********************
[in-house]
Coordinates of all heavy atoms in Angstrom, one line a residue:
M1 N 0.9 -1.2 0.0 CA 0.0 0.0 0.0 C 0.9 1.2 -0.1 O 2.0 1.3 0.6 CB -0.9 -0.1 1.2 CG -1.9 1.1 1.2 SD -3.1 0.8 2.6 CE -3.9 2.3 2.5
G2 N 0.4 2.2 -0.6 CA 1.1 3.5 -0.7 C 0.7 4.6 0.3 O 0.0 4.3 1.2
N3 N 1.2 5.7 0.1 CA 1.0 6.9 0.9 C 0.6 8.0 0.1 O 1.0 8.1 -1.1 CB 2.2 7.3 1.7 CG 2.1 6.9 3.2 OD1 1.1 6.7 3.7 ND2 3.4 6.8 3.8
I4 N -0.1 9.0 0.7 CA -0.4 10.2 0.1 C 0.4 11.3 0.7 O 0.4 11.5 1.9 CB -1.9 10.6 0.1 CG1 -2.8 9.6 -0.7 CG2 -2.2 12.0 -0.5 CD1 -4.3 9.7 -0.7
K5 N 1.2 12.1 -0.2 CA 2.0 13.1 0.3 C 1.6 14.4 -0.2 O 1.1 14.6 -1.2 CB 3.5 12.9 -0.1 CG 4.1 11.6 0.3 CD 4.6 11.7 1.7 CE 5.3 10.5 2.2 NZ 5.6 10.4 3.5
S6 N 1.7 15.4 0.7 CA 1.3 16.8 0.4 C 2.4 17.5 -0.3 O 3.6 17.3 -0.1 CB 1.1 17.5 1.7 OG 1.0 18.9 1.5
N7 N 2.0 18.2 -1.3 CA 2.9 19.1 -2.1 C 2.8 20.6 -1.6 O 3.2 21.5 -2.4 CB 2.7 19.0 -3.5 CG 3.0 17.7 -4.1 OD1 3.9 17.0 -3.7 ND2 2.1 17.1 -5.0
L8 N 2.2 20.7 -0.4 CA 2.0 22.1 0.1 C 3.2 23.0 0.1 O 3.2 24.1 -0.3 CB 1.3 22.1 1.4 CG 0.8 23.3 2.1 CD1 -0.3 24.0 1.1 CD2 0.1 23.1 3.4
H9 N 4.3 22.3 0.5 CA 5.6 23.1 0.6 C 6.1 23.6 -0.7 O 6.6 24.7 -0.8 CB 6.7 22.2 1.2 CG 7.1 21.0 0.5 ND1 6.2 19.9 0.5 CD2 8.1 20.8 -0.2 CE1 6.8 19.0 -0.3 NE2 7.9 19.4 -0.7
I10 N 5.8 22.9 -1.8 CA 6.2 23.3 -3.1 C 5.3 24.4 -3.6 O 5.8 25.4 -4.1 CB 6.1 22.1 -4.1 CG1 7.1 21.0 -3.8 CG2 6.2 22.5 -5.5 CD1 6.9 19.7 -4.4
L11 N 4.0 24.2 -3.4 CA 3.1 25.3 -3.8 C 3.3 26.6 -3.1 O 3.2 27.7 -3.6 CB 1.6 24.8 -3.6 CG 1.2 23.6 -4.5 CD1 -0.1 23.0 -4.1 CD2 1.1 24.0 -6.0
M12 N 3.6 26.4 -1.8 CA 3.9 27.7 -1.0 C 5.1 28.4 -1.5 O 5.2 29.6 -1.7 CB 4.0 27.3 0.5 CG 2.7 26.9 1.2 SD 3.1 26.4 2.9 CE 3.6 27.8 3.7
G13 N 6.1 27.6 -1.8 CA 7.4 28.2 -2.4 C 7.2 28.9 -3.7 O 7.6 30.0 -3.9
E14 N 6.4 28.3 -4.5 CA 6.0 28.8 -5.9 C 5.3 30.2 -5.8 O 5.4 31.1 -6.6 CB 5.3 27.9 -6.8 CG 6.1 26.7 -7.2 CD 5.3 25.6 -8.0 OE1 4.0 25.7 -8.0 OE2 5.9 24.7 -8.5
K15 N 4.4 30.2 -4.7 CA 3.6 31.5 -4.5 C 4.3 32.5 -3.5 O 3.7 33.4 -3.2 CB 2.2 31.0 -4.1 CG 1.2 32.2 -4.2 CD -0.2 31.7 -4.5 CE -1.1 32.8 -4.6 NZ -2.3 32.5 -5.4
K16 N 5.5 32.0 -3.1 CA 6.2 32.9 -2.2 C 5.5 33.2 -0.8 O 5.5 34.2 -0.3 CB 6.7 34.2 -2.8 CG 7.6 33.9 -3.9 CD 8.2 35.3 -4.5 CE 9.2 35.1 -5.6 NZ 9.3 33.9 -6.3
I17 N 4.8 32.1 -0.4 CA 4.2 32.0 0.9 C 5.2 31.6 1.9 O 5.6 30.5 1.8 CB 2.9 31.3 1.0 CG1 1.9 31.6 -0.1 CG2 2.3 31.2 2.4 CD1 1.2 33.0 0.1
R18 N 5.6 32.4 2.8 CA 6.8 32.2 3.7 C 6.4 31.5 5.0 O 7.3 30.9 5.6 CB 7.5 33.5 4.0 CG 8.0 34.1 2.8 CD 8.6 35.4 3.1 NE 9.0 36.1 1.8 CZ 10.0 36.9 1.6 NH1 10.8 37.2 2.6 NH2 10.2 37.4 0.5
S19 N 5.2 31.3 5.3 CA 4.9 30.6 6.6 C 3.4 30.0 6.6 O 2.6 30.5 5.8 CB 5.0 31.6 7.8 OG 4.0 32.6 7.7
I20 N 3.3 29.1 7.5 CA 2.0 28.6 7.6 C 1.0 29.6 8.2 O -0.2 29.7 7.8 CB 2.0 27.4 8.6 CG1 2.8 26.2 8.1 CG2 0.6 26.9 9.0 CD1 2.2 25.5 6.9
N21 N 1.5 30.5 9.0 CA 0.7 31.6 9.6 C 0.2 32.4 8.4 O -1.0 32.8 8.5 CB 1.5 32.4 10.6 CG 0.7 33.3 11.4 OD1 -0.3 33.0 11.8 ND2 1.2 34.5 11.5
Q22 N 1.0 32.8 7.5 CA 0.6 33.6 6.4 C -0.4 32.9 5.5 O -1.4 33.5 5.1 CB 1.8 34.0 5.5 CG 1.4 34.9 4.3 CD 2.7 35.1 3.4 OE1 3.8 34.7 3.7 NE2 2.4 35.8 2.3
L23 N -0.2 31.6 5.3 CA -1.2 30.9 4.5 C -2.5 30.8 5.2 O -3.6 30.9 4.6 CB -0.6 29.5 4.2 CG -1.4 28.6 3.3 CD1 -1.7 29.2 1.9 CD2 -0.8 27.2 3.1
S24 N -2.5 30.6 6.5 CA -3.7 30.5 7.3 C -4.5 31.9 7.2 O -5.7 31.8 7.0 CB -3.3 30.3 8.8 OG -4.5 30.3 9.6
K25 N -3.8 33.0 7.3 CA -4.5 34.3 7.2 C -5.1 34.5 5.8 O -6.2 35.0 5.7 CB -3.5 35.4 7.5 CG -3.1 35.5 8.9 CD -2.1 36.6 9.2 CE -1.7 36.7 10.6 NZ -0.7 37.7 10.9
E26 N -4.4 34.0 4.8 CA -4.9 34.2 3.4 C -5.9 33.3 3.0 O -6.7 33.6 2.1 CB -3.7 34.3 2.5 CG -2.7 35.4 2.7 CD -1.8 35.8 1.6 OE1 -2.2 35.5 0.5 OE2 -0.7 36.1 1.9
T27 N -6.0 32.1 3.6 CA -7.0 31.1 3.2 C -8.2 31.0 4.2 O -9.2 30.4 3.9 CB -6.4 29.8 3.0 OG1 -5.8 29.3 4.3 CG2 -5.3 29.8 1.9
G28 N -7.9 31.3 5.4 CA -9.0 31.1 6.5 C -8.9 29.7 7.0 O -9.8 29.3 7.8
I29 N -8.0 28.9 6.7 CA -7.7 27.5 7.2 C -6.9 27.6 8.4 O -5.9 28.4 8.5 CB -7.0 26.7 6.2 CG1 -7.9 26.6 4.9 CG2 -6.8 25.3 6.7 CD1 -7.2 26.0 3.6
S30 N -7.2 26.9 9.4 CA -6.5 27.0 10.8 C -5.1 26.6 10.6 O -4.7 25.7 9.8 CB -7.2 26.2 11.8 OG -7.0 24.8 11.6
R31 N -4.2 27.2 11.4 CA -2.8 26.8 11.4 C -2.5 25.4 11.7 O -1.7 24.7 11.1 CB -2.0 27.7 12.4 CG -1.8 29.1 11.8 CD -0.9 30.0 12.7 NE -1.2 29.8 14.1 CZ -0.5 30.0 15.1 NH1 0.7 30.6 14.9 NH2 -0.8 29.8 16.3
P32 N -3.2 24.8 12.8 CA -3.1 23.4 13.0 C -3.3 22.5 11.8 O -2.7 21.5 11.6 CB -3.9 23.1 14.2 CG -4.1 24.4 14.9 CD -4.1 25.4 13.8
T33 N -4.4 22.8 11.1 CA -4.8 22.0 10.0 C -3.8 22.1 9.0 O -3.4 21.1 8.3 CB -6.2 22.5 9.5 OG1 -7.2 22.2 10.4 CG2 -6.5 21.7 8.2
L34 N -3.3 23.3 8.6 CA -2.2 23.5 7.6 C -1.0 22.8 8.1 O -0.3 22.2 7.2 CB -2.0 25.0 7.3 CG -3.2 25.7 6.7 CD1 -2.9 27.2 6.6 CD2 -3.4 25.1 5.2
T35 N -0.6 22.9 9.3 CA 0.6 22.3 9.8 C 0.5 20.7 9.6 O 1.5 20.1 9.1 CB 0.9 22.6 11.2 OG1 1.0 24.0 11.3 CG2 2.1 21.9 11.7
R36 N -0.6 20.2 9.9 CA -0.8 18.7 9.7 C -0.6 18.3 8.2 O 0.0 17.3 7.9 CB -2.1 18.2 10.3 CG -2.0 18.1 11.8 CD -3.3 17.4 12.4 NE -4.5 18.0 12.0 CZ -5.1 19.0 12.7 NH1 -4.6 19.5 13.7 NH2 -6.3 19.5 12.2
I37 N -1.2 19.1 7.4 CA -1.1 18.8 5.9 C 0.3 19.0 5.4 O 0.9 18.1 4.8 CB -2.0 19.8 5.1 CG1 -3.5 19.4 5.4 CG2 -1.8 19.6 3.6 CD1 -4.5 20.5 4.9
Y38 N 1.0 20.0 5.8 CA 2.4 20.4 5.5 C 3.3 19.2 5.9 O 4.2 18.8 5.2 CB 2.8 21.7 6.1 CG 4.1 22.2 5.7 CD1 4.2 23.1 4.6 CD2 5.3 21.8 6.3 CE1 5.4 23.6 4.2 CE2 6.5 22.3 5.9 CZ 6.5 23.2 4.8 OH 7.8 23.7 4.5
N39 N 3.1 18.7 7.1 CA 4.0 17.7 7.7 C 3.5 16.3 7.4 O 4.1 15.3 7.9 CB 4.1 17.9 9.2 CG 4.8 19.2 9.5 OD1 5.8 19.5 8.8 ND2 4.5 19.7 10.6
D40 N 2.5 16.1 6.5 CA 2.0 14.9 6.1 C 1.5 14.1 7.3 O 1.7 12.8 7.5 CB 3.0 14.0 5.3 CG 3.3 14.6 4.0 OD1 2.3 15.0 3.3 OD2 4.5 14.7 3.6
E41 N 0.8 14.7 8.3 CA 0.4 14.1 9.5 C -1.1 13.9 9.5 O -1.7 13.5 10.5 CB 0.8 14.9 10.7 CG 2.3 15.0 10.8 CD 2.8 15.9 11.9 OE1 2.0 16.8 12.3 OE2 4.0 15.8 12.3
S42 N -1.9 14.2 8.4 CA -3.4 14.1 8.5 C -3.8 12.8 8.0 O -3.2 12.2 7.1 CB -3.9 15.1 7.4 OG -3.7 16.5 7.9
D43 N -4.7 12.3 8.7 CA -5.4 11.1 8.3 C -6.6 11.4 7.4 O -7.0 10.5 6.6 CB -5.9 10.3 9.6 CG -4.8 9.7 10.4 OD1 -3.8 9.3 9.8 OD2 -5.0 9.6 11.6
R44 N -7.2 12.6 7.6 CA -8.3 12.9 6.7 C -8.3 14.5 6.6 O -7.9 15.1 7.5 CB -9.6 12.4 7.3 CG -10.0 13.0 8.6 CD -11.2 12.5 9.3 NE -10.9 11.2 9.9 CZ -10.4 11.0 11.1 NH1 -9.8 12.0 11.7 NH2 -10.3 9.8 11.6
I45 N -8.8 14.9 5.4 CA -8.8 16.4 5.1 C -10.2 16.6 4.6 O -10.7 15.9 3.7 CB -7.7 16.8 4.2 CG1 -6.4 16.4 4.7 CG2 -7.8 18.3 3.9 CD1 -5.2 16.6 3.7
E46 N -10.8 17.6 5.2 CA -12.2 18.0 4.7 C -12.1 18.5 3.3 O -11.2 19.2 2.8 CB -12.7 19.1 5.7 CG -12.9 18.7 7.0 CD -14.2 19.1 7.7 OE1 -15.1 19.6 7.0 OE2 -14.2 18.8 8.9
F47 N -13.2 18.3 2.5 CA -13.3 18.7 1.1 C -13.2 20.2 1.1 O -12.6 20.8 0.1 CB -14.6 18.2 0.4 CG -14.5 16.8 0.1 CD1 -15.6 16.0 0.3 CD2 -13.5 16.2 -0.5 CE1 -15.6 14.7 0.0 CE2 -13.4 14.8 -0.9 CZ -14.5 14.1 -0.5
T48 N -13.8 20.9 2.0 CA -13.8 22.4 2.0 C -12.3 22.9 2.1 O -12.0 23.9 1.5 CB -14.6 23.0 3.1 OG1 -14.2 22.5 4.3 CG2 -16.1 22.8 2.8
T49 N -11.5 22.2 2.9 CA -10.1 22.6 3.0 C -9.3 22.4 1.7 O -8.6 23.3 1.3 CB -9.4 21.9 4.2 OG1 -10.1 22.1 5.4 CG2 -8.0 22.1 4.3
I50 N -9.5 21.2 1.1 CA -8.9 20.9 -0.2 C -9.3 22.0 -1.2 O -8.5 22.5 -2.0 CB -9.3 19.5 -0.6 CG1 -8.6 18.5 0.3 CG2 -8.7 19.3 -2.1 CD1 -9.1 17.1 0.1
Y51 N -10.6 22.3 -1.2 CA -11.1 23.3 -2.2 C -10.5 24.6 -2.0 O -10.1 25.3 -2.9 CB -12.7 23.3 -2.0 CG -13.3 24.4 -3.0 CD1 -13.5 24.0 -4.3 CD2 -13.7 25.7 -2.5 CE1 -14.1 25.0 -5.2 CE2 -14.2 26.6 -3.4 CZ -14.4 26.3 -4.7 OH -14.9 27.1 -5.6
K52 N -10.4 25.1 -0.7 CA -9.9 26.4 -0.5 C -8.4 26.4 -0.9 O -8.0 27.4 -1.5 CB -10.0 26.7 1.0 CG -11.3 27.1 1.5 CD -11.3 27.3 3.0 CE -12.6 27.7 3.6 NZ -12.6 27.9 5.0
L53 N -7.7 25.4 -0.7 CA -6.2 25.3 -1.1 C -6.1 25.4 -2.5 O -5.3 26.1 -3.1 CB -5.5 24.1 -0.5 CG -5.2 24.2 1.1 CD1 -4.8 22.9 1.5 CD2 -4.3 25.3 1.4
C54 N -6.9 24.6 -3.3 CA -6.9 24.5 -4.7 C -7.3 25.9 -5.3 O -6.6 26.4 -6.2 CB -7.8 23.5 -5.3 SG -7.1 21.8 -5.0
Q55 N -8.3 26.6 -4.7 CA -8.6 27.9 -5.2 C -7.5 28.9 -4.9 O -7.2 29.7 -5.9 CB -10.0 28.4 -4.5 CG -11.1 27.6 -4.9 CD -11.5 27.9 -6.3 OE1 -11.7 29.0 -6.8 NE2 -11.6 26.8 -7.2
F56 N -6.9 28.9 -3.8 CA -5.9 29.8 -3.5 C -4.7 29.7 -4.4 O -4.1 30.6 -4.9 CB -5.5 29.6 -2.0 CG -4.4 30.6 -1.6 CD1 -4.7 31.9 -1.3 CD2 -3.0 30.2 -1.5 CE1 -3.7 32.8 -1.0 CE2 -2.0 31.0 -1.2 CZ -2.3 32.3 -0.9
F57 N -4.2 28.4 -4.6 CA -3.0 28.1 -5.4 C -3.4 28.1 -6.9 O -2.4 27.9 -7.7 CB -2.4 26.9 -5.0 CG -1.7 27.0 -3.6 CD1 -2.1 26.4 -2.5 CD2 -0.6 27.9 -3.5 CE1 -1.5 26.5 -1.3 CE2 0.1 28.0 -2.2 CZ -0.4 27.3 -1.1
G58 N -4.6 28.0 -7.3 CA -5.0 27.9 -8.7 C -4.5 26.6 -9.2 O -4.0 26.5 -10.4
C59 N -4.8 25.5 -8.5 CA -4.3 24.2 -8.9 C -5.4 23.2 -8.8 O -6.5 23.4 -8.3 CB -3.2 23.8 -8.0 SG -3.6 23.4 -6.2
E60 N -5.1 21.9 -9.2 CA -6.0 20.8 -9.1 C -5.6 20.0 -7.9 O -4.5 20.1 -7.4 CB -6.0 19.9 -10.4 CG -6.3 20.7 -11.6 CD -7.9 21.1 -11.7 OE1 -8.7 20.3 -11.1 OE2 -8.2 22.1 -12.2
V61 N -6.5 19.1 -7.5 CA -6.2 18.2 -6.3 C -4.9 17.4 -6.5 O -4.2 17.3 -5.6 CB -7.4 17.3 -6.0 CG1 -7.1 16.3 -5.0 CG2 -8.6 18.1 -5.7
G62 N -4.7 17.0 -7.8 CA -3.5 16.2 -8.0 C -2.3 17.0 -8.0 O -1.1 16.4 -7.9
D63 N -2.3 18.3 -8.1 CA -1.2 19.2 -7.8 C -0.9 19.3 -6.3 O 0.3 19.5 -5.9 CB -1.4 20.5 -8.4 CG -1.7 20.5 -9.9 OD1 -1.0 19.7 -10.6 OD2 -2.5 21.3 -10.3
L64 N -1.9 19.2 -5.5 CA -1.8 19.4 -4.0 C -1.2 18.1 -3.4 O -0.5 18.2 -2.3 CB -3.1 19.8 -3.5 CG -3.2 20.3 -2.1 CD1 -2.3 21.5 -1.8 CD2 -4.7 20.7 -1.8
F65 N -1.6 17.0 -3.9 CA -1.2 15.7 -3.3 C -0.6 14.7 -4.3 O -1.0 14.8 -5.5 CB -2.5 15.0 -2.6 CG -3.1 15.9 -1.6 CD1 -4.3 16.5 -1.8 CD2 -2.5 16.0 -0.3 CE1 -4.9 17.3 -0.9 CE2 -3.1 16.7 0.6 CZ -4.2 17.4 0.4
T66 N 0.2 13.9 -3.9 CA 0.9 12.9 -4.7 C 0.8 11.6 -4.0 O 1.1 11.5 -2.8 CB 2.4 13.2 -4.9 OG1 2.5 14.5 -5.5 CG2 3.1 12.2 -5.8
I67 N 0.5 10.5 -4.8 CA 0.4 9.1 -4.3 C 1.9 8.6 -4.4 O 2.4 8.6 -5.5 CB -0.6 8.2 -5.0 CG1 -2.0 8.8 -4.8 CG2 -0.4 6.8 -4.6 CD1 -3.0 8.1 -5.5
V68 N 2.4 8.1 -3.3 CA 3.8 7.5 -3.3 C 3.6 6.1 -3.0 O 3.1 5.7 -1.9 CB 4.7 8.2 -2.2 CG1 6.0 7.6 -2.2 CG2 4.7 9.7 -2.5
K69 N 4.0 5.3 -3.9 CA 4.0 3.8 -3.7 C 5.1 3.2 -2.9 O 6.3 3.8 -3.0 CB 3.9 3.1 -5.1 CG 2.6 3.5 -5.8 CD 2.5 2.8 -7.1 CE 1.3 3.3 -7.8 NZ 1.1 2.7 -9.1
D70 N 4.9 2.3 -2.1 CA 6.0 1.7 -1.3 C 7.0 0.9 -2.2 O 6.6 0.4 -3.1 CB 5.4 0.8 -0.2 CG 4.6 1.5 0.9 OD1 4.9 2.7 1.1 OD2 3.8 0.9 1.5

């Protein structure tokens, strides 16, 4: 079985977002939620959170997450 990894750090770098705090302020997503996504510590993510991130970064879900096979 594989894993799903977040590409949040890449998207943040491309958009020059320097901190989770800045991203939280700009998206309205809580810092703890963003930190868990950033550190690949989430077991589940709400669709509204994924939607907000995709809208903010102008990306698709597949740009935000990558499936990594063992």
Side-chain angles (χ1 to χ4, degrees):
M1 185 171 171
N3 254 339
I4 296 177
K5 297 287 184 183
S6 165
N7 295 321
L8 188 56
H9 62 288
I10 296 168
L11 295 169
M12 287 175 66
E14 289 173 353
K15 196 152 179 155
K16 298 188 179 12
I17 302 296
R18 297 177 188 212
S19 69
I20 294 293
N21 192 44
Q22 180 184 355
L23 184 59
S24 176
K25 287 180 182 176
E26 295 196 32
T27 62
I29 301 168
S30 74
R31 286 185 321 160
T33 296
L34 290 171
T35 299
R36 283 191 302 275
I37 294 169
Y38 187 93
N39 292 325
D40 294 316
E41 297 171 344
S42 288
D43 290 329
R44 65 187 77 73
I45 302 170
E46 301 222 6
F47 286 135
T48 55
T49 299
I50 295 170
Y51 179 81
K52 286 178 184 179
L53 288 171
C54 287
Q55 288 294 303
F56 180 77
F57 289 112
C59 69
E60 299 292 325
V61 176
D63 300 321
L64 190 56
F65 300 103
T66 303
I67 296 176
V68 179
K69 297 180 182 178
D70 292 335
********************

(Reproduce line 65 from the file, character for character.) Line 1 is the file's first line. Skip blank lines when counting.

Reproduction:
D63 N -2.3 18.3 -8.1 CA -1.2 19.2 -7.8 C -0.9 19.3 -6.3 O 0.3 19.5 -5.9 CB -1.4 20.5 -8.4 CG -1.7 20.5 -9.9 OD1 -1.0 19.7 -10.6 OD2 -2.5 21.3 -10.3